Mike Scioscia and struggling C.J. Wilson had another closed-door meeting

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C.J. Wilson struggled again Wednesday night, as his former Rangers teammates knocked him out of the game in the third inning, and afterward he had what Mike DiGiovanna of the Los Angeles Times describes as “a lengthy closed-door meeting” with manager Mike Scioscia.

According to DiGiovanna it’s the second such meeting Wilson and Scioscia have had since the All-Star break and clearly the first get-together didn’t do much good, as he’s got a 5.79 ERA in 14 second-half starts.

However, despite Wilson’s struggles and Jerome Williams’ nice long-relief outing after he exited Scioscia is sticking with him in the rotation because “we want him to get comfortable with some things and get back out there … I can’t overstate how much we need our starters to do what they’re capable of.”

DiGiovanna reports that Scioscia and pitching coach Mike Butcher previously stressed to Wilson that he should be more aggressive and scale back his repertoire in an effort to avoid so many deep counts and walks. Wilson led the league in walks with the Rangers in 2010 and then cut his walks to 74 in 223 innings last season, but he’s already issued 83 free passes in 191 innings this year.

Wilson is in the first season of a five-year contract that will pay him $11 million in 2013, $16 million in 2014, $18 million in 2015, and $20 million in 2016.

Bruce Maxwell is the first MLB player to take a knee during the National Anthem

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Athletics’ rookie catcher Bruce Maxwell did not stand for the National Anthem on Saturday night. He’s the first MLB player to do so and, like other professional athletes before him, used the moment to send a message — not just to shed light on the lack of racial equality in the United States, but to specifically protest President Donald Trump’s suggestion that NFL owners fire any of their players who elect to protest the anthem by sitting or kneeling.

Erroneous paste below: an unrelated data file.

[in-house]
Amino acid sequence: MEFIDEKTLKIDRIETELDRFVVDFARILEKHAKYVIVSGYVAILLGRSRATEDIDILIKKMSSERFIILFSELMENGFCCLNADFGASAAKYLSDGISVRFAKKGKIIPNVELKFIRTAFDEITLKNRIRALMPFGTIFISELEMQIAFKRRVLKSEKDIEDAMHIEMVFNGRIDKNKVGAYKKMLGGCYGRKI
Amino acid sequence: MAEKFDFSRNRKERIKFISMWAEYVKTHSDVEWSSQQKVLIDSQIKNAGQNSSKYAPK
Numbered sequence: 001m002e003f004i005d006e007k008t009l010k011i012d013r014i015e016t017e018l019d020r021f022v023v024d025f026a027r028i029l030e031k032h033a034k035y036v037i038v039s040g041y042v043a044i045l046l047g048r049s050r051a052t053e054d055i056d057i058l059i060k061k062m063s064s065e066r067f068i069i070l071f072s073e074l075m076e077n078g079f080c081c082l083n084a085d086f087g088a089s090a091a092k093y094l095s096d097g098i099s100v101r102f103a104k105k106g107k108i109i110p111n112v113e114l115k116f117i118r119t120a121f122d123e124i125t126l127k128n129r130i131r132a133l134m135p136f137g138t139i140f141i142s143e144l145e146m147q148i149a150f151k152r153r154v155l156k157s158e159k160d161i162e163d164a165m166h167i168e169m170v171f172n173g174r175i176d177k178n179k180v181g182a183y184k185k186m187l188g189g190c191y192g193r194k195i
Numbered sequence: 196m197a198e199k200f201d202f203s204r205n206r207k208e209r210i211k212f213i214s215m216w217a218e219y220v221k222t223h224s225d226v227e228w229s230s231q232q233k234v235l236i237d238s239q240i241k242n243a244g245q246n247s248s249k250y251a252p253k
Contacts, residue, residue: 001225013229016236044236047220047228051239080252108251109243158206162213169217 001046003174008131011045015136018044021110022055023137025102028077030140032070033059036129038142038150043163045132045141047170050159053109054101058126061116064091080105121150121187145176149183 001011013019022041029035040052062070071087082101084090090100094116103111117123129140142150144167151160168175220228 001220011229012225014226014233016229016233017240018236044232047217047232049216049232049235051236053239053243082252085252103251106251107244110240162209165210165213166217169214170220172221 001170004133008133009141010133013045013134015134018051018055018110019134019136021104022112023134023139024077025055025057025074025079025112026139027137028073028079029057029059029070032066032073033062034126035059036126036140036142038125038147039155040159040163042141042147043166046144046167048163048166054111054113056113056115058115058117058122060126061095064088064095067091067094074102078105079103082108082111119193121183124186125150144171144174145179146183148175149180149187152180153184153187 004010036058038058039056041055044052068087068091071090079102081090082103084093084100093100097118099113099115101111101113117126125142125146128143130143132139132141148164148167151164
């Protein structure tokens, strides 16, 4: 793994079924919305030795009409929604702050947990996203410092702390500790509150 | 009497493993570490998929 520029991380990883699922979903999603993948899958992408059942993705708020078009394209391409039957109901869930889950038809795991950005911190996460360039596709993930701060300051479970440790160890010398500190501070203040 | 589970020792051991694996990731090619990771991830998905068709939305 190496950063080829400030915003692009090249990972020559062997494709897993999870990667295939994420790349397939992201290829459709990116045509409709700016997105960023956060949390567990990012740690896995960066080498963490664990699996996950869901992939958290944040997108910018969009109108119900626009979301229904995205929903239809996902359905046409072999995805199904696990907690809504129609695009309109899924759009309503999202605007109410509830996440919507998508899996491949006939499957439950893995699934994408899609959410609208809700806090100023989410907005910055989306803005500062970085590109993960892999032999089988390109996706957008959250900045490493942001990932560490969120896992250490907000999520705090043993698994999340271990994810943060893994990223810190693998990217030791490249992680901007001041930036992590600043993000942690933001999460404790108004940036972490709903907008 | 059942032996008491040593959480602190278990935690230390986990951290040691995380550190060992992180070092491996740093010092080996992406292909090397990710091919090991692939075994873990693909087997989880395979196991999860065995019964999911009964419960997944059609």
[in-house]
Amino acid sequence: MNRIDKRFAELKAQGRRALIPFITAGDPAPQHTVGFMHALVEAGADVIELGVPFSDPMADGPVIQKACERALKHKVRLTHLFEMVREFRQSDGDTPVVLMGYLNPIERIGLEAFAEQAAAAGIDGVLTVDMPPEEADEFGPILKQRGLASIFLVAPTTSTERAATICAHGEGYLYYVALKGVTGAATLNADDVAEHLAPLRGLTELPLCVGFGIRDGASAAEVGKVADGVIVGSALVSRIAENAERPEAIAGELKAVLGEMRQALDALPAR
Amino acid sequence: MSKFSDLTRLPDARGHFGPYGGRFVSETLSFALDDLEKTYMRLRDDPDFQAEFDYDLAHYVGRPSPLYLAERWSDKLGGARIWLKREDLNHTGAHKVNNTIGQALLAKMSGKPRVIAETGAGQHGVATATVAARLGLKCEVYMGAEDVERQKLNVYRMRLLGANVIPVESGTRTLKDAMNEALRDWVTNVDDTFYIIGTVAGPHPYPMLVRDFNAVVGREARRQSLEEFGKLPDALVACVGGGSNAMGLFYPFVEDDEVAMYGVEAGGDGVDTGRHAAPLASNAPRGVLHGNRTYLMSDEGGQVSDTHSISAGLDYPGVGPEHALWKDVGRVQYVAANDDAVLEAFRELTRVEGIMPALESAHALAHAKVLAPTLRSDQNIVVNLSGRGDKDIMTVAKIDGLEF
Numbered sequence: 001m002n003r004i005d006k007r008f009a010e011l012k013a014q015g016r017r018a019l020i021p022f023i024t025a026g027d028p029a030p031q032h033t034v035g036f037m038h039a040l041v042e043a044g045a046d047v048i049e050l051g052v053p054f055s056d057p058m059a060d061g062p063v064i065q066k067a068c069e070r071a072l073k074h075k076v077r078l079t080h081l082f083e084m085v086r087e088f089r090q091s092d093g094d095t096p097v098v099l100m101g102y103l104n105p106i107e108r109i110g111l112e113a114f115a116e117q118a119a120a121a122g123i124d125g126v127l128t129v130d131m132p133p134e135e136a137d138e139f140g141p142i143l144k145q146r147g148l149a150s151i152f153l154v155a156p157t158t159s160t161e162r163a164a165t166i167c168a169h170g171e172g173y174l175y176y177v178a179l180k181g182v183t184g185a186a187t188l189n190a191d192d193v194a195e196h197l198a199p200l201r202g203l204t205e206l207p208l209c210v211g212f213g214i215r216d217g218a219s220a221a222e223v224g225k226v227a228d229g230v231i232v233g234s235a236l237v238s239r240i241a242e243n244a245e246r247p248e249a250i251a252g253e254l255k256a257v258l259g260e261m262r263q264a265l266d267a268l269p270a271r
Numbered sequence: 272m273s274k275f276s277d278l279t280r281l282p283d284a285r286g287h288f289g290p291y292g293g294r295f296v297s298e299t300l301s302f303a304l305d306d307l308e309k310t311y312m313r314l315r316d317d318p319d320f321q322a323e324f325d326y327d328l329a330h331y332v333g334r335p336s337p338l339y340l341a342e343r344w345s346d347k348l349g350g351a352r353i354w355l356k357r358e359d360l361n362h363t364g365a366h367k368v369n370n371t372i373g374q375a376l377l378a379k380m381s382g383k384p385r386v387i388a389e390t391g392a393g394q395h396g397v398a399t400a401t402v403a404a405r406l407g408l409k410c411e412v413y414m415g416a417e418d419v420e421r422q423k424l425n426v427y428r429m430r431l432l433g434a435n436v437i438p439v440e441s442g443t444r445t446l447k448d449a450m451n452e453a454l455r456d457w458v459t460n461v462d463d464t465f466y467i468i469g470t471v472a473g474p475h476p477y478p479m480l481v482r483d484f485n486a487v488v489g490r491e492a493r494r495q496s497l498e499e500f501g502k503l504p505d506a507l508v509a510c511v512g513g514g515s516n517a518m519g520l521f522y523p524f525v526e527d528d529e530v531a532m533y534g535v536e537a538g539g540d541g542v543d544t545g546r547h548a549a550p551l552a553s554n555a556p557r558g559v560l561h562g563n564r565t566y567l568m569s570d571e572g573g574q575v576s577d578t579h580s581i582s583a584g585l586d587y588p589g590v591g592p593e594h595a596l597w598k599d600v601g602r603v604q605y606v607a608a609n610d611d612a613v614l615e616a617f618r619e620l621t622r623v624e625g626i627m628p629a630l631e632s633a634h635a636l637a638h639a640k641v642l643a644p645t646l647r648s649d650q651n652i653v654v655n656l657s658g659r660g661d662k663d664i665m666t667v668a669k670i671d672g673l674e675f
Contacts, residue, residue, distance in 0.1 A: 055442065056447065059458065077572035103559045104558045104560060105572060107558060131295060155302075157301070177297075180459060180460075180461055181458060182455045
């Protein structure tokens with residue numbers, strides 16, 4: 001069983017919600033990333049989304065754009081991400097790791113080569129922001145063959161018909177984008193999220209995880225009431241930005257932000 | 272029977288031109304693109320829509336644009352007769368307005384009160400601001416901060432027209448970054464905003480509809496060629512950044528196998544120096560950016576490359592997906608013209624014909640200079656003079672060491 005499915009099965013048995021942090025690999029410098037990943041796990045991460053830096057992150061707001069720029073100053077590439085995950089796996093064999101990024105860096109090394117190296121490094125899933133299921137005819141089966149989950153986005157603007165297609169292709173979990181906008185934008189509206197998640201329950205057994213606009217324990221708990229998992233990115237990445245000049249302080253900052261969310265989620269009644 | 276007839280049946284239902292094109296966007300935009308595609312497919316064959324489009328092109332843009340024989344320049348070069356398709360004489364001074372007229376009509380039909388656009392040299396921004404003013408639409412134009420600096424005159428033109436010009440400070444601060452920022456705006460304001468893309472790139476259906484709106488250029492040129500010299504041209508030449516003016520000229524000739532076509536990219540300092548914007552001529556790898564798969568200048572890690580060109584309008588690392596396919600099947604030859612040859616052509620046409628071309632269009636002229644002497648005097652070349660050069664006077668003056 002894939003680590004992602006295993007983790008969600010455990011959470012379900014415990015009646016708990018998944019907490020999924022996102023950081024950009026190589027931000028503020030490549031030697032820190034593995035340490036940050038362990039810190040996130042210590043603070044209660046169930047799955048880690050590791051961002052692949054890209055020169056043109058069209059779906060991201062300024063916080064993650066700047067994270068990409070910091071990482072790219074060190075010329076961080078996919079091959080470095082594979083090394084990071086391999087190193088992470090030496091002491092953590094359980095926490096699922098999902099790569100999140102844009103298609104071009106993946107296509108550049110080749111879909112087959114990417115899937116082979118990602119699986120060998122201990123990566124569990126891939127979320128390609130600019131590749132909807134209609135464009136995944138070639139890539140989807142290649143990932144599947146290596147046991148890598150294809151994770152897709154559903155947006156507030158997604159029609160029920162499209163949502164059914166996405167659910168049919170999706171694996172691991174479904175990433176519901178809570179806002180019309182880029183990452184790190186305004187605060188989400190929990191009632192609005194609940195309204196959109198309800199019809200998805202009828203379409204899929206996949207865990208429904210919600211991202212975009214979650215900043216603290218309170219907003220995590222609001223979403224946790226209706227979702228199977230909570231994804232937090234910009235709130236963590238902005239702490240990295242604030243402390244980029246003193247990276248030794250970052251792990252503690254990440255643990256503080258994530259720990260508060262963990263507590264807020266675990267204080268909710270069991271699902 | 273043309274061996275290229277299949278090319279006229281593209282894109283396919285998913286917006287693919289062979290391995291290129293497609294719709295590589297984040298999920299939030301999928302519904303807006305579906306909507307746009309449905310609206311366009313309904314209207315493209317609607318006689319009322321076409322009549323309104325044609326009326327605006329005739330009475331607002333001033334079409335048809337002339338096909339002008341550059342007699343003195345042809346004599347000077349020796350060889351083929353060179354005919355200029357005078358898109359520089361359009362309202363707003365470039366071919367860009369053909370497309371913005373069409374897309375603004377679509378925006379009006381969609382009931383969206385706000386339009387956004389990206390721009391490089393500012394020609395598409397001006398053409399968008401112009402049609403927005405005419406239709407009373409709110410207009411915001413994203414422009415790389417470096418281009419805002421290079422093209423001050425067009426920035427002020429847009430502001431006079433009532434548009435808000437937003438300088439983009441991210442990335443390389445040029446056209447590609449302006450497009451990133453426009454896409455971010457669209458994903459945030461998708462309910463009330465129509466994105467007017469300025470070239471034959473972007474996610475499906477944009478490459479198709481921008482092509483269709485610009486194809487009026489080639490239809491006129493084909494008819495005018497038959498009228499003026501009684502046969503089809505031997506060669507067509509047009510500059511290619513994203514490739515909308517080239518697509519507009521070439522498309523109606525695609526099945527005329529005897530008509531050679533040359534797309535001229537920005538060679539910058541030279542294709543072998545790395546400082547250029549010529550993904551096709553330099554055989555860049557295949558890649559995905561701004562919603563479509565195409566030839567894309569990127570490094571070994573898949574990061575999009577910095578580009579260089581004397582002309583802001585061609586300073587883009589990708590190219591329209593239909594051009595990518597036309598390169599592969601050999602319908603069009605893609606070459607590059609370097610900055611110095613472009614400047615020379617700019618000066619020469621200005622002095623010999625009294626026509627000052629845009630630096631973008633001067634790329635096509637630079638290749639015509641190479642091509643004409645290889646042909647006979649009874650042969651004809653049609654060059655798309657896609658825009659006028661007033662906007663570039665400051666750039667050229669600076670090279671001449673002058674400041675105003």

“Bruce’s father is a proud military lifer. Anyone who knows Bruce or his parents is well aware that the Maxwells’ love and appreciation for our country is indisputable,” Maxwell’s agent, Matt Sosnick, relayed to the San Francisco Chronicle’s Susan Slusser on Friday. He continued:

Bruce has made it clear that he is taking a stand about what he perceives as racial injustices in this country, and his personal disappointment with President Trump’s response to a number of professional athletes’ totally peaceful, non-violent protests.

Bruce has shared with both me and his teammates that his feelings have nothing to do with a lack of patriotism or a hatred of any man, but rather everything to do with equality for men, women and children regardless of race or religion.

While Maxwell didn’t make his own statement to the media, he took to Instagram earlier in the day to express his frustration against the recent opposition to the protests, criticizing the President for endorsing “division of man and rights.”

Despite Trump’s profanity-laced directive to NFL owners on Friday, however, it’s clear the Athletics don’t share his sentiments. “The Oakland A’s pride ourselves on being inclusive,” the team said in a statement released after Maxwell’s demonstration. “We respect and support all of our players’ constitutional rights and freedom of expression.”

Whatever the fallout, kudos to Maxwell for taking a stand. He may be the first to do so in this particular arena, but he likely won’t be the last.

Alex Wilson broke his leg on a 103-MPH comebacker

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This one is brutal. Tigers’ right-handed reliever Alex Wilson was diagnosed with a broken leg after taking a blistering 103.8-MPH line drive off of his right leg during Saturday’s game against the Twins. According to the Detroit News’ Chris McCosky, it’s a non-displaced fibular fracture, but will still warrant an extended recovery period and signal the end of Wilson’s season.

Wilson replaced Drew VerHagen to start the eighth inning and worked a full count against Joe Mauer. Mauer roped an 93.3-MPH fastball back up the middle, where it struck the pitcher on his right calf. While Mauer took first base, Wilson got to his feet and tried to toss a warm-up pitch, but was in too much pain to continue and had to be helped off the field.

Even in a season that isn’t going anywhere in particular, this isn’t how you want it to end. The Tigers have yet to announce a recovery timetable for the 30-year-old reliever, but he won’t return to the mound until 2018. He exited Saturday’s outing with a 4.35 ERA, 2.3 BB/9 and 6.3 SO/9 over 60 innings.

The Tigers currently trail the Twins 10-3 in the bottom of the ninth inning.